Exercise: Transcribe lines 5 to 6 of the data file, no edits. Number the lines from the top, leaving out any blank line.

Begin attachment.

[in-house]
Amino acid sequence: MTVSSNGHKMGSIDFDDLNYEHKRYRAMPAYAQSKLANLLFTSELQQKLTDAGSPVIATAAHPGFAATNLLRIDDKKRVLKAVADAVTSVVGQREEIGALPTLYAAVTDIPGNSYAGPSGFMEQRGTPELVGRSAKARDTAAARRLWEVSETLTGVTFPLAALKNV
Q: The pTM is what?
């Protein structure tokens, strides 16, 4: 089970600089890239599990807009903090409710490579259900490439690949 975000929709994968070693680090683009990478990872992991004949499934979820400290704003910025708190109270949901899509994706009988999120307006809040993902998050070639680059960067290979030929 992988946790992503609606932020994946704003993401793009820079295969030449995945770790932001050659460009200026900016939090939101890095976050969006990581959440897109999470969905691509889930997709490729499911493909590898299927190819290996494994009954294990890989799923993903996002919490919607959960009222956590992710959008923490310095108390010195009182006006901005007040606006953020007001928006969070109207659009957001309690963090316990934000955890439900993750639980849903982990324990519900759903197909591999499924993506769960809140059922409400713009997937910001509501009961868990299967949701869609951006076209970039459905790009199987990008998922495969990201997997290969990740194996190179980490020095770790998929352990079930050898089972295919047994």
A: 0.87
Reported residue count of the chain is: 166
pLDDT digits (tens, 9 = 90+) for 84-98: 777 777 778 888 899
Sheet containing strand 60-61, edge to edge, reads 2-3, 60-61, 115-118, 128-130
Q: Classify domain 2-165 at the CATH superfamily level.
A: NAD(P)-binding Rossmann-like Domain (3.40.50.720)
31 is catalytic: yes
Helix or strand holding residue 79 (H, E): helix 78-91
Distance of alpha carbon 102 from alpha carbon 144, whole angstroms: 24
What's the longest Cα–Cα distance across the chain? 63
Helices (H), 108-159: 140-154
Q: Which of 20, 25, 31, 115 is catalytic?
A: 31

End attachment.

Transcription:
A: 0.87
Reported residue count of the chain is: 166